Work experience in a law firm or other office setting is particularly important for people who do not have formal paralegal training.
Many paralegal training programs offer an internship, in which students gain practical experience by working for several months in a private law firm, the office of a public defender or attorney general, a corporate legal department, a legal aid organization, or a government agency. Internship experience helps students improve their technical skills and can enhance their employment prospects.Certifications
Although not required, some employers may prefer to hire applicants who have completed a paralegal certification program. Many national and local paralegal organizations offer voluntary paralegal certifications to students able to pass an exam. Other organizations offer voluntary paralegal certifications for paralegals who meet certain experience and education criteria. For more information about paralegal certifications, see the More Info section.Important Qualities
Communication skills. Paralegals must be able to document and present their research and related information to their supervising attorney.
Computer skills. Paralegals need to be familiar with using computers for legal research and litigation support. They also use computer programs for organizing and maintaining important documents.
Interpersonal skills. Paralegals spend most of their time working with clients and other professionals and must be able to develop good relationships. They must make clients feel comfortable sharing personal information related to their cases.
Organizational skills. Paralegals may be responsible for many cases at one time. They must adapt quickly to changing deadlines.
Research skills. Paralegals need good research and investigative skills to conduct legal research.
Tell us your goals and we'll match you with the right jobs to get there.
As you move along in your career, you may start taking on more responsibilities or notice that you've taken on a leadership role. Using our career map, a paralegal can determine their career goals through the career progression. For example, they could start out with a role such as legal secretary, progress to a title such as office manager and then eventually end up with the title managing partner.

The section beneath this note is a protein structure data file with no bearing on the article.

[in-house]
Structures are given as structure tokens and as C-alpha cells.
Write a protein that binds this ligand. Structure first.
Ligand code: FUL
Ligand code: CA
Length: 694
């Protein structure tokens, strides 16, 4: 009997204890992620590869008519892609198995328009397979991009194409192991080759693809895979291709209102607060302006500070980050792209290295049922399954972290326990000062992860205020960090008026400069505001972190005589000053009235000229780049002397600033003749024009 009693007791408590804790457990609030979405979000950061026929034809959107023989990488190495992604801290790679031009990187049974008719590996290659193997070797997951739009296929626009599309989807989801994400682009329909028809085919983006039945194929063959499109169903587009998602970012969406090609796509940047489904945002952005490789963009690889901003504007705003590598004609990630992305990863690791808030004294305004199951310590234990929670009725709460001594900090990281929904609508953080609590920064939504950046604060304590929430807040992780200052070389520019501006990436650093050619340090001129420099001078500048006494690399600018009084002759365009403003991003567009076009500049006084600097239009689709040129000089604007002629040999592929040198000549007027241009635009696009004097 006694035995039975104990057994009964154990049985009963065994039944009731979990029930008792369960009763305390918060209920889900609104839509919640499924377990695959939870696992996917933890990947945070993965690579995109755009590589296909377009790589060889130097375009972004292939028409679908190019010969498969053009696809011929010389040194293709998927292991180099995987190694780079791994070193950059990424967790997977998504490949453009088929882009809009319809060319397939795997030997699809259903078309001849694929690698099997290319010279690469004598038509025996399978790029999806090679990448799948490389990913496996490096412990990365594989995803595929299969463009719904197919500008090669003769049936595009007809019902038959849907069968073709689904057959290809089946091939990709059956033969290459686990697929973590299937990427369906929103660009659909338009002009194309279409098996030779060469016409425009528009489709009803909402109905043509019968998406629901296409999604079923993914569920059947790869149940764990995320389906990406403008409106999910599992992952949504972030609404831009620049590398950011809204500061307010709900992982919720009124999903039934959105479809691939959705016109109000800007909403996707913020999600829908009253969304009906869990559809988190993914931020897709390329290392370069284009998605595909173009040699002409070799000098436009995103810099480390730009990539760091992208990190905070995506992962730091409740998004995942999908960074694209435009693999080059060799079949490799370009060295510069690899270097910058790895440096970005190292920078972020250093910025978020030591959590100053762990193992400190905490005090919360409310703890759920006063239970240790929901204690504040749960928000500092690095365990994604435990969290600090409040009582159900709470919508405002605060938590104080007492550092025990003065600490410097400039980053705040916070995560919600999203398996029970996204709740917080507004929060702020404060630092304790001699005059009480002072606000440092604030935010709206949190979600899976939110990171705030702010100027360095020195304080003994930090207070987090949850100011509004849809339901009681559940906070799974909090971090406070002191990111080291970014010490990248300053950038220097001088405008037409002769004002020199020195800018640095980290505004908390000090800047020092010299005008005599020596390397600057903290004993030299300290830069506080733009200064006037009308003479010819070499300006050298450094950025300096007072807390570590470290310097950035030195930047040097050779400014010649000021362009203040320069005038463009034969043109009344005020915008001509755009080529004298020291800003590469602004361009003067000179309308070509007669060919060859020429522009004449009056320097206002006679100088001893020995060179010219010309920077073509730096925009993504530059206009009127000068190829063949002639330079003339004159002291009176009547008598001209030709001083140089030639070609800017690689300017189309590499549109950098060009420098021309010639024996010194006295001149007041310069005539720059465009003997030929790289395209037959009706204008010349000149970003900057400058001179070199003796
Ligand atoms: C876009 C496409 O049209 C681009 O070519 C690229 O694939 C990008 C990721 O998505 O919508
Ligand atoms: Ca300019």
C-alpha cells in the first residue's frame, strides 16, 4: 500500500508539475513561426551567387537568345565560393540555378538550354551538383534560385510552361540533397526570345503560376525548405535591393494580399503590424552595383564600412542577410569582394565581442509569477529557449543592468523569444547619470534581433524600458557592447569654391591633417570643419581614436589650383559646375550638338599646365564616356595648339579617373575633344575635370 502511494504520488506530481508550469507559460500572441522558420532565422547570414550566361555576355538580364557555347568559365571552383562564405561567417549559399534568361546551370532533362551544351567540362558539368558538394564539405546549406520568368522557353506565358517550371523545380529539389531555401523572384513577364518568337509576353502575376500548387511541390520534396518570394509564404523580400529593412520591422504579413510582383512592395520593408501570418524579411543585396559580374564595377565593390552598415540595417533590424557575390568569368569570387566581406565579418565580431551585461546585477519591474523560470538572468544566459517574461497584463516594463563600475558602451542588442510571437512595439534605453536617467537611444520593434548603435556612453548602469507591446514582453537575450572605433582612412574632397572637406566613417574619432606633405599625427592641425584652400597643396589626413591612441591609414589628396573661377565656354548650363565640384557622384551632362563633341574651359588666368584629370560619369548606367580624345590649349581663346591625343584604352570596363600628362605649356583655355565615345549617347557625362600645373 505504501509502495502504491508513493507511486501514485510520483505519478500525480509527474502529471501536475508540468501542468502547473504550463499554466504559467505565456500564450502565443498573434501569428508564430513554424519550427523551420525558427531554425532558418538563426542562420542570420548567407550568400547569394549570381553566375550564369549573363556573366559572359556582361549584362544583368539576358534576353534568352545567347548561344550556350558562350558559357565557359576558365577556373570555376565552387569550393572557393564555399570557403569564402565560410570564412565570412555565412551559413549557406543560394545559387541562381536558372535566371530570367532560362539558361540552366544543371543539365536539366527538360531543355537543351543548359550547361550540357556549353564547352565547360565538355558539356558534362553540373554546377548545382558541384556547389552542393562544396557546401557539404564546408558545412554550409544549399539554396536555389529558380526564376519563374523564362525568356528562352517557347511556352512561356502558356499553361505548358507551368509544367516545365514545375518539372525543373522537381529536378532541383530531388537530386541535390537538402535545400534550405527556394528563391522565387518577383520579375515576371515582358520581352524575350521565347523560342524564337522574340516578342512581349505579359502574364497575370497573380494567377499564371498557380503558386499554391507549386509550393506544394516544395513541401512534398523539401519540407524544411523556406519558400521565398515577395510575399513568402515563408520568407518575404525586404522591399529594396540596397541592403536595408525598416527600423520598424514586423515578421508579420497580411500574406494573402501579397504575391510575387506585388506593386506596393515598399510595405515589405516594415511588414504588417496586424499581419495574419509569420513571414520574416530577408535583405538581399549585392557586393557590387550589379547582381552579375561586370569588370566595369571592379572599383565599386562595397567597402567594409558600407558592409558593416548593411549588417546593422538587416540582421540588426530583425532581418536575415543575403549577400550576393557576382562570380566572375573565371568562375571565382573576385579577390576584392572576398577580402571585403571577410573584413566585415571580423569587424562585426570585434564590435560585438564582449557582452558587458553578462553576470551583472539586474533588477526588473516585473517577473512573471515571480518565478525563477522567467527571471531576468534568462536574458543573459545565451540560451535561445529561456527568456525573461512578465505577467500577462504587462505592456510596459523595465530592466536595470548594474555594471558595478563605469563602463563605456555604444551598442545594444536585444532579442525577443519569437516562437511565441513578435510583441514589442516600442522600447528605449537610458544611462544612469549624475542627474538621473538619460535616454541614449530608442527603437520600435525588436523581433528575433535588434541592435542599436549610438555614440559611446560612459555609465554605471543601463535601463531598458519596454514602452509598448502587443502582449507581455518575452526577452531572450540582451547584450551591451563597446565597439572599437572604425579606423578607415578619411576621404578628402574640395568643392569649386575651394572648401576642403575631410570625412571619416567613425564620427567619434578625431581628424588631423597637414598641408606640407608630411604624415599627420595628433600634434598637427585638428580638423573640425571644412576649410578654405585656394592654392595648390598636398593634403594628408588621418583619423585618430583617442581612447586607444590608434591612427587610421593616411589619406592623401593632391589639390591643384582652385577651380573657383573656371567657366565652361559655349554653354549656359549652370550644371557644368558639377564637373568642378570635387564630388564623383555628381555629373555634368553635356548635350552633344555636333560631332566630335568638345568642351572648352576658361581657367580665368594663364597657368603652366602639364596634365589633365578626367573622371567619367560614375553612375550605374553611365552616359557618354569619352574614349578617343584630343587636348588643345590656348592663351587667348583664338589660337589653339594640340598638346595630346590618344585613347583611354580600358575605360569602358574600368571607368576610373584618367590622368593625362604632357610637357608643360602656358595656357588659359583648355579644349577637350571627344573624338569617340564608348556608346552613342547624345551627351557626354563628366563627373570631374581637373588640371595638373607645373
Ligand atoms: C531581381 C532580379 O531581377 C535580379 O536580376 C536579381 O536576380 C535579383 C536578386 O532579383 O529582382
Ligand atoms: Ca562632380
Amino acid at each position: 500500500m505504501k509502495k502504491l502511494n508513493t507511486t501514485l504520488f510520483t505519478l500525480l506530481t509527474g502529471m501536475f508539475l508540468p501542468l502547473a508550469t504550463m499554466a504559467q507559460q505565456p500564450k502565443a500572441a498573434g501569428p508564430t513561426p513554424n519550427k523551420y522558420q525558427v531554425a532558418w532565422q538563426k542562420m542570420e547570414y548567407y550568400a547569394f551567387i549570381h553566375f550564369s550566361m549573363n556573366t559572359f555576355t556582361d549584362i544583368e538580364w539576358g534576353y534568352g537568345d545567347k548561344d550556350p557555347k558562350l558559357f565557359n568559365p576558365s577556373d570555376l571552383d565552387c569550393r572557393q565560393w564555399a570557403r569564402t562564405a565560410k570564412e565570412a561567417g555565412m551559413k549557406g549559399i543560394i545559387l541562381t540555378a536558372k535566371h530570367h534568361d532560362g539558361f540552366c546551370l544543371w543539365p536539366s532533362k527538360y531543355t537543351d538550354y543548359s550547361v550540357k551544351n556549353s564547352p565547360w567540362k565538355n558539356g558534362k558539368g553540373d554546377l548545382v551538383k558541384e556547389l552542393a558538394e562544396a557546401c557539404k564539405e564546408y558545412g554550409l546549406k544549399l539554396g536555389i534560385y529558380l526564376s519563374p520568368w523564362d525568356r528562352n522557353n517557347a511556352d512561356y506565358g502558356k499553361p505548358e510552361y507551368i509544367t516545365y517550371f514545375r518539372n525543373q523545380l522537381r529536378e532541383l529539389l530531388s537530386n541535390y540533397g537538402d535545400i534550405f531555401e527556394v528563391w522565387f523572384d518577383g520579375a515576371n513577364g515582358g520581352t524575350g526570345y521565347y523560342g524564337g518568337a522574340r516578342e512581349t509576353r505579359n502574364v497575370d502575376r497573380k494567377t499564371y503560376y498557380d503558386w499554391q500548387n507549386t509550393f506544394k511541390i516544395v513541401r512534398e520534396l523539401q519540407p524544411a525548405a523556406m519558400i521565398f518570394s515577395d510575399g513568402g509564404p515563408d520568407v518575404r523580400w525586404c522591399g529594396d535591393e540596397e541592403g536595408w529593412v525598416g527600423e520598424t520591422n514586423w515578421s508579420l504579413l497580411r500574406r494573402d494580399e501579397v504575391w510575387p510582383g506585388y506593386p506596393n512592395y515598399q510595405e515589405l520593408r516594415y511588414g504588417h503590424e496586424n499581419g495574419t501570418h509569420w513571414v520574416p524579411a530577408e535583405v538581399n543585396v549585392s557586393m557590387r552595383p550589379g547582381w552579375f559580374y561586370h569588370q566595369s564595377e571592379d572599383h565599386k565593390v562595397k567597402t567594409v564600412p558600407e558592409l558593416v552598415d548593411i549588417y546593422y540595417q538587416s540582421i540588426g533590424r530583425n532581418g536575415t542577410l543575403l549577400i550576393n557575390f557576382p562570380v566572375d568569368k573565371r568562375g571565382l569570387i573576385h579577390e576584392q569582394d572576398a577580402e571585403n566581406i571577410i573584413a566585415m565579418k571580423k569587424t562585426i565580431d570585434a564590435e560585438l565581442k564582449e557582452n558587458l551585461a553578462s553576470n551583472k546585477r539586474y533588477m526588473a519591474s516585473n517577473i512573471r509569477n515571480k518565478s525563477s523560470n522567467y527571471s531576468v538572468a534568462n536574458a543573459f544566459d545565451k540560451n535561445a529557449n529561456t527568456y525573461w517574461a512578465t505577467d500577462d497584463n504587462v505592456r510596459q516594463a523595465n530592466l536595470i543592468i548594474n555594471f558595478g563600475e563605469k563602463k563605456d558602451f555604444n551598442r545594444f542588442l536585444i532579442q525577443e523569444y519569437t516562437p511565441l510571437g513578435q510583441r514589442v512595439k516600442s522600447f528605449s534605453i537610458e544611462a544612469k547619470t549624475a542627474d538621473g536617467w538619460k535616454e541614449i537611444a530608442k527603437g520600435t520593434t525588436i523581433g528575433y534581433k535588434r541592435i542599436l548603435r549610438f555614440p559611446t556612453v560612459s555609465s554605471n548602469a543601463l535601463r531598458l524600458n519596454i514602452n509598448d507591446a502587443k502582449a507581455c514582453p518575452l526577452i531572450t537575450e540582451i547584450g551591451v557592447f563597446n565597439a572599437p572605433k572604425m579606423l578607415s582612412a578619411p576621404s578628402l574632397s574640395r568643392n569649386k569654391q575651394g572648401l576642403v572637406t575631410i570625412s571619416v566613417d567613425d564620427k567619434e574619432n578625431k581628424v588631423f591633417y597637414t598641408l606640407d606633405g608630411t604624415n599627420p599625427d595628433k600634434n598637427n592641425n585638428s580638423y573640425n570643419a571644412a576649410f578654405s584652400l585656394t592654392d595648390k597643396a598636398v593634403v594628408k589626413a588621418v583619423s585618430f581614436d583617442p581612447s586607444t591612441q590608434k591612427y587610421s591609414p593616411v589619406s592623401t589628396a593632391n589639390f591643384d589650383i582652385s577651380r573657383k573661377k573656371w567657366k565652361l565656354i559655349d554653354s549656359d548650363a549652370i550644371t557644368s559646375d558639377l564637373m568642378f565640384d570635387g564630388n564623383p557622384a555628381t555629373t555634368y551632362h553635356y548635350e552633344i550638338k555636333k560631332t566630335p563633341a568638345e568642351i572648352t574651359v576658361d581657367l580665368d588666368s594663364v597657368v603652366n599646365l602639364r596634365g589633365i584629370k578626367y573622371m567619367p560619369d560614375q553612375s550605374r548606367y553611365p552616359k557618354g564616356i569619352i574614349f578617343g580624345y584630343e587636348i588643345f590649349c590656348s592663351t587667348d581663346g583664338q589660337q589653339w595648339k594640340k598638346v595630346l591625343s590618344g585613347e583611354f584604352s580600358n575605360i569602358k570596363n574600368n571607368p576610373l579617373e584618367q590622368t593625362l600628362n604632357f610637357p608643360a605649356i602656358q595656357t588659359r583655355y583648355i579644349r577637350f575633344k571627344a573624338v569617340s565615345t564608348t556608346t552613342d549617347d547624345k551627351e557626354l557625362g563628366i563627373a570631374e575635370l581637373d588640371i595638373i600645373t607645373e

Tell us your goals and we'll match you with the rights job to get there.
|Job TitleCompany||Company||Start Date||Salary|
Focus of Georgia, Inc.
Focus of Georgia, Inc.
Public Finance Paralegal
Kutak Rock LLP
Kutak Rock LLP
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Designing and figuring out what to include on your resume can be tough, not to mention time-consuming. That's why we put together a guide that is designed to help you craft the perfect resume for becoming a Paralegal. If you're needing extra inspiration, take a look through our selection of templates that are specific to your job.
Learn How To Write a Paralegal Resume
At Zippia, we went through countless Paralegal resumes and compiled some information about how best to optimize them. Here are some suggestions based on what we found, divided by the individual sections of the resume itself.View Detailed Information
Hispanic or Latino
Black or African American
Cambridge, MA • Private
Philadelphia, PA • Private
Washington, DC • Private
Fort Worth, TX • Private
Evanston, IL • Private
Berkeley, CA • Public
Los Angeles, CA • Public
La Verne, CA • Private
Cincinnati, OH • Public
Saint Paul, MN • Private
The skills section on your resume can be almost as important as the experience section, so you want it to be an accurate portrayal of what you can do. Luckily, we've found all of the skills you'll need so even if you don't have these skills yet, you know what you need to work on. Out of all the resumes we looked through, 12.9% of paralegals listed legal advice on their resume, but soft skills such as communication skills and computer skills are important as well.
Some places are better than others when it comes to starting a career as a paralegal. The best states for people in this position are Washington, Alaska, Connecticut, and Colorado. Paralegals make the most in Washington with an average salary of $54,806. Whereas in Alaska and Connecticut, they would average $53,707 and $53,297, respectively. While paralegals would only make an average of $52,547 in Colorado, you would still make more there than in the rest of the country. We determined these as the best states based on job availability and pay. By finding the median salary, cost of living, and using the Bureau of Labor Statistics' Location Quotient, we narrowed down our list of states to these four.
We've made finding a great employer to work for easy by doing the hard work for you. We looked into employers that employ paralegals and discovered their number of paralegal opportunities and average salary. Through our research, we concluded that Robert Half International was the best, especially with an average salary of $44,303. United States Army follows up with an average salary of $42,421, and then comes Fragomen, Del Rey, Bernsen & Loewy with an average of $46,110. In addition, we know most people would rather work from home. So instead of having to change careers, we identified the best employers for remote work as a paralegal. The employers include Ally Financial, Energizer, and Fairway Independent Mortgage